I have called all members of the Judiciary Committee to not pass her out of committee until and unless the negotiations are stopped and a full on attack in court to uphold ALL Alaskans rights to our lands, PERIOD!
    Keep up the good and excellent work!

  2. March 9, 2017

    To Alaska Decision Makers Charged With Representing All Alaskans:

    The recent news that the State of Alaska is considering the abandonment of RS-2477 to a lesser 17-B designation for Klutina River and Lake is shocking to me. Via a number of legislated and negotiated land use settlements the issue of access for non-natives to public resources has become a major issue. The continued exclusion of reasonable access to our state resources is and should be a “hot button” issue for all citizens of Alaska, both native and non-native.
    This represents a land grab attempt by a small minority of Alaskan’s for their personal gain at the expense of the citizens in general. More personally, it puts access to my property on Klutina Lake at serious risk. When access to public water bodies, which hold world class resources, is barred there will always be serious conflict. The public clearly see the injustice and resents the lack of representation by the law. On the other hand, those with the advantage will fiercely cling to that legal right. The result is conflict and resentments. The State of Alaska is not doing the citizenry any favors by this type of action. This suggested short term resolution of the legal conflict will result in long term and irrevocable damage.
    Historically, non-native visitors to the Klutina have endured prejudicial actions toward personal and real property. Visitors to the area know that there are unpleasant risks that detract from the enjoyment of the area. This unsettling feeling is exactly what the perpetrators wish to portray. This settlement will simply make matters worse.
    This demand by Ahtna gives them the right to approve, at the expense of all Alaskan Citizens, road maintenance. So, Alaskan citizens can pay for Ahtna access via the road system but those same citizens cannot freely use the road for access to the public resources and cannot control what improvements are done. This arrangement cannot make sense to a reasonable person.
    If the right-of-way is diminished from 100 feet to 50 feet what happens when the river erodes the bank and the road course needs to be altered outside the established narrow 50-foot right-of-way. Will the citizens of the State be required to purchase the land from Ahtna so they can repair the road that Ahtna will mostly benefit from? If you have been up the road you know that this is not a farfetched problem. It will most certainly occur.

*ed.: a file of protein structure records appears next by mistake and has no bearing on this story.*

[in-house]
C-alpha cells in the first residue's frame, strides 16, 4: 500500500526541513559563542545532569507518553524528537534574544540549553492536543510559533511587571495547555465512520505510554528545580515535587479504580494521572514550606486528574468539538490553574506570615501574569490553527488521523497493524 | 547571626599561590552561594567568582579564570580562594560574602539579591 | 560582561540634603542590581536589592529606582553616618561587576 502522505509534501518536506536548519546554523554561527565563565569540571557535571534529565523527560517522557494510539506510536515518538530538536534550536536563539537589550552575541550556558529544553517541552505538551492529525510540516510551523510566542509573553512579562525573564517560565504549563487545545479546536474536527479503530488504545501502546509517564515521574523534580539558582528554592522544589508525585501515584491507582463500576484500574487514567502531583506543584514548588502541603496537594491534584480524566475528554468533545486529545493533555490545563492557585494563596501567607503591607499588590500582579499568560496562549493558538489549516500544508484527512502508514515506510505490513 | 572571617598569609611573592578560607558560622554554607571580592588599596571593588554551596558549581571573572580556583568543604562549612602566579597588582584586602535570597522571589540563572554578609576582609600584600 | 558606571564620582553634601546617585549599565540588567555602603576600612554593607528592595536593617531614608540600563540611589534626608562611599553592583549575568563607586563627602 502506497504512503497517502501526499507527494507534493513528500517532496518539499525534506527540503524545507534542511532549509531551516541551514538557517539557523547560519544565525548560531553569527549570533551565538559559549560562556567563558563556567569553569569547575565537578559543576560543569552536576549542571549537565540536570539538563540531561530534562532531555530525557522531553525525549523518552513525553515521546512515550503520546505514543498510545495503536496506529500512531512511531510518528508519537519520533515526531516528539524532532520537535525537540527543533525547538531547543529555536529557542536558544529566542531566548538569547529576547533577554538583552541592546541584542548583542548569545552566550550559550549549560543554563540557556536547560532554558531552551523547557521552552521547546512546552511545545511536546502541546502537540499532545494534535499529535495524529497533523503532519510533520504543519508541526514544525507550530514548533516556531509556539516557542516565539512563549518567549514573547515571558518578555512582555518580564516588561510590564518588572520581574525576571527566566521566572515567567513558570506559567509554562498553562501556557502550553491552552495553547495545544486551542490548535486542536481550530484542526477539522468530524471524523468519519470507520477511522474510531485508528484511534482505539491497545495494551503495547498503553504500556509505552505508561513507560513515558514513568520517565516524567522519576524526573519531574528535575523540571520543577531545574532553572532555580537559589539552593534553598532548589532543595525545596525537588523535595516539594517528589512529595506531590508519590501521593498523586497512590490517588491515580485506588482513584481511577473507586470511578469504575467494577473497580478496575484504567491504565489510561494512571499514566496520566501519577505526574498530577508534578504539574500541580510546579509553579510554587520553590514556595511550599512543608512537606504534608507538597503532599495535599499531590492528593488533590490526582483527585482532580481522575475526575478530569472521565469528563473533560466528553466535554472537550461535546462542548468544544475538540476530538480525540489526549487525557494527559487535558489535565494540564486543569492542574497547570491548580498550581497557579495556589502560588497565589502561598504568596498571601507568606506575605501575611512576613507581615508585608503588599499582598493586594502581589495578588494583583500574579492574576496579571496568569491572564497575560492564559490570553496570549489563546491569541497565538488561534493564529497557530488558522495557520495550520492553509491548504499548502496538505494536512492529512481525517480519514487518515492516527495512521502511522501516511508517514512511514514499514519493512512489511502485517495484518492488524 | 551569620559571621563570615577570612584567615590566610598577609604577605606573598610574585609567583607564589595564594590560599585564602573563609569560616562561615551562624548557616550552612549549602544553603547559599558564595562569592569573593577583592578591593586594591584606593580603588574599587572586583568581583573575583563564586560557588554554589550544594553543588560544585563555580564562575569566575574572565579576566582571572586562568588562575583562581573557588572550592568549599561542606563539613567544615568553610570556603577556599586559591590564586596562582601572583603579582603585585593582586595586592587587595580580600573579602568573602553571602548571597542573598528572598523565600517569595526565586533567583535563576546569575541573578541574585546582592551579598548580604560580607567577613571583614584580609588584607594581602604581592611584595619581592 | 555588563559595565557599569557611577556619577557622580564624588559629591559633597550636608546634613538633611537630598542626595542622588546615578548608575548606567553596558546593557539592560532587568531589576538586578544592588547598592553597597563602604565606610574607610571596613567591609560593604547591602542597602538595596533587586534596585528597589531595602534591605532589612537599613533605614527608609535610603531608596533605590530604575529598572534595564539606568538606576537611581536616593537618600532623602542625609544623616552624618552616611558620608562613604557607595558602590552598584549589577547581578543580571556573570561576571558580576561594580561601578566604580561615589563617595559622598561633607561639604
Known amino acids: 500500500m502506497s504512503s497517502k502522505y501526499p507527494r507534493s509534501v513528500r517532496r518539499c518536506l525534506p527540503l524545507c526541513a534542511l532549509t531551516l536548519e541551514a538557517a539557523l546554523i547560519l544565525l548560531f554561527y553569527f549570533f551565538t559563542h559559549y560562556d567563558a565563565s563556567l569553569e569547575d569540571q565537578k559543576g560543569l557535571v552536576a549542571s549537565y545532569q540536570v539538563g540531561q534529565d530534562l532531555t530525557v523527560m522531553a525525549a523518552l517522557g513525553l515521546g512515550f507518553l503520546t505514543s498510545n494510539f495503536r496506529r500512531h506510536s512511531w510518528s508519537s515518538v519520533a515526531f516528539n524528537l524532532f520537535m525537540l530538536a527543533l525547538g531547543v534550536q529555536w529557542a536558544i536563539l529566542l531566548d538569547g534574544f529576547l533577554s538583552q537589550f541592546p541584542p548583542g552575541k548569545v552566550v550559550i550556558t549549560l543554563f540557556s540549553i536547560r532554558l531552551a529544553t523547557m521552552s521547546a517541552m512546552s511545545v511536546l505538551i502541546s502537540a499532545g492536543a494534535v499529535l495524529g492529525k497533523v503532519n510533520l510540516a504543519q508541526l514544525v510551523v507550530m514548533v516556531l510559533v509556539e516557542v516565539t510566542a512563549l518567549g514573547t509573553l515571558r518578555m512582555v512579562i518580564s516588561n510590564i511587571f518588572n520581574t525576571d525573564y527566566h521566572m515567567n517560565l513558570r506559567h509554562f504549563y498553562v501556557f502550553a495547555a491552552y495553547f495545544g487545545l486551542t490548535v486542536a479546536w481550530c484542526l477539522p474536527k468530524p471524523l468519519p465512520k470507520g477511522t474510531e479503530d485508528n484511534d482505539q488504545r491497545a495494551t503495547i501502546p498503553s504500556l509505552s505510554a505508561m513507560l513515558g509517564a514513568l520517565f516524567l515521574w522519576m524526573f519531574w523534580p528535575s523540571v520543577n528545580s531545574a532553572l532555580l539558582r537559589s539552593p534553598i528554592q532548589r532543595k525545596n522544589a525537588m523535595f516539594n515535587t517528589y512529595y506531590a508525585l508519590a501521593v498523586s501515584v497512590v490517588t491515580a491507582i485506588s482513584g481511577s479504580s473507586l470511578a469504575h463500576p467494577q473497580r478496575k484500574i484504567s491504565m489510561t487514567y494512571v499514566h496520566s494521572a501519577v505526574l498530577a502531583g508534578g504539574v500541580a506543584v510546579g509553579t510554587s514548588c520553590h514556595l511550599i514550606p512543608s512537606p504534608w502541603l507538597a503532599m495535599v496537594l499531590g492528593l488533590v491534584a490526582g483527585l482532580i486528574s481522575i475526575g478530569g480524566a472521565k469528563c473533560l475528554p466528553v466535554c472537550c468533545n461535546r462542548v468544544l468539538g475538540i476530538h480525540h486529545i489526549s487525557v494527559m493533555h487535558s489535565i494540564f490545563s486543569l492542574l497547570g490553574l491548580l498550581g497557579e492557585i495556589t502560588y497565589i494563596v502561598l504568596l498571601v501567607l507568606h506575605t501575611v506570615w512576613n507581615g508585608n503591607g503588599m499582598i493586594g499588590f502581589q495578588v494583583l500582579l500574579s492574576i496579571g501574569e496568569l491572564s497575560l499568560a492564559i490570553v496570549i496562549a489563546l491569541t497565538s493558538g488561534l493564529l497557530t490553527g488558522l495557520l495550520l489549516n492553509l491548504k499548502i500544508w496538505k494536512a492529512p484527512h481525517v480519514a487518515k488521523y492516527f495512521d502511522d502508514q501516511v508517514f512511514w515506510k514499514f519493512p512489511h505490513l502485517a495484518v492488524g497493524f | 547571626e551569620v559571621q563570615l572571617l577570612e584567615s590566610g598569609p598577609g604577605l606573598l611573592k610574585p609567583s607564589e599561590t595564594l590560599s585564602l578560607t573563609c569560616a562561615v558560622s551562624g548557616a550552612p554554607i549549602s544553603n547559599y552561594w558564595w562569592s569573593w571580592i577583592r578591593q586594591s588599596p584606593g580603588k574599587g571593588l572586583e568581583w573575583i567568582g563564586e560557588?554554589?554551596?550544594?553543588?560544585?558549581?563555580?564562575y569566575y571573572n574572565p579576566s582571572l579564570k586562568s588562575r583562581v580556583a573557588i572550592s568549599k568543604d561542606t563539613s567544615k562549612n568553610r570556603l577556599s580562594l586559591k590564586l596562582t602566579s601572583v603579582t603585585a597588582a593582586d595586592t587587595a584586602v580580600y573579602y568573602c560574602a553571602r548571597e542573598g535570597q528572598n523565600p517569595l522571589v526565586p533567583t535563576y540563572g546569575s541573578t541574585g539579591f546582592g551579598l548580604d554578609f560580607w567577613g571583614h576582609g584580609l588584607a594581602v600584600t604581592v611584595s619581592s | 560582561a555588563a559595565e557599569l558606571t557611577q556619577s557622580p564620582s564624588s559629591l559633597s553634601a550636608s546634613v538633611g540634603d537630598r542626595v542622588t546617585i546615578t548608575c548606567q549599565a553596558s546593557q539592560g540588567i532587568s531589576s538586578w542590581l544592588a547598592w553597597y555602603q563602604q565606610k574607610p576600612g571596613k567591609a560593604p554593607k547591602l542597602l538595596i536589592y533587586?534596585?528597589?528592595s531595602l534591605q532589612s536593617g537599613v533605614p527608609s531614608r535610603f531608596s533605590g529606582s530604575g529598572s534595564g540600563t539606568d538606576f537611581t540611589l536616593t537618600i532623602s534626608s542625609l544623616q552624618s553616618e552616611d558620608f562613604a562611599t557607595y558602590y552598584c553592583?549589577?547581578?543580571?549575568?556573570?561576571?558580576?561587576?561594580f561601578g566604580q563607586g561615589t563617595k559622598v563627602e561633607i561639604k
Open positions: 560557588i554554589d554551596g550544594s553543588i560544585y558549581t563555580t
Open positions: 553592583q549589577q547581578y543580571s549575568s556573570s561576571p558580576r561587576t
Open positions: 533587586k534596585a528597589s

I encourage all Alaska Legislators to look at the long term problems this proposed settlement, being championed by the Walker Administration thru Acting Attorney General Jahna Lindemuth, will bring to this specific region and to other areas of our great State. I also ask all Alaskans that care about access to State of Alaska resources to get involved. This proposed settlement is so egregious it makes you wonder what or who is behind this change in long standing public policy to defend RS-2477.

    Charles Ossenkop

  3. Alaskans have been short shrifted in the arena of RS 2477 for years now through this same type of squishy attention to access rights from most of our administration, certainly not just the Walker administration. I appreciate Mr. Ossenkop and Mr. Coon’s position concerning this particular issue and will also recommend that Jahna Lindemuth’s nomination be recinded and replaced by a candidate for AG that will be diligent and aggressive on behalf of all Alaskas claims to access under both our constitution as well to RS 2477 rights.

  4. The previous replies have hinted that there is much more to this story – and there is. I recently asked DNR office of assertions and defenses why they would not pursue an RS-2477 case in my area: there reply was “there are land issues involved”. That is precisely the point – what we want rectified. They would tell me no more. It appears that the inequities in ANCSA are what is at stake, and the State doesn’t have the guts, or/and perhaps the money, to fight this.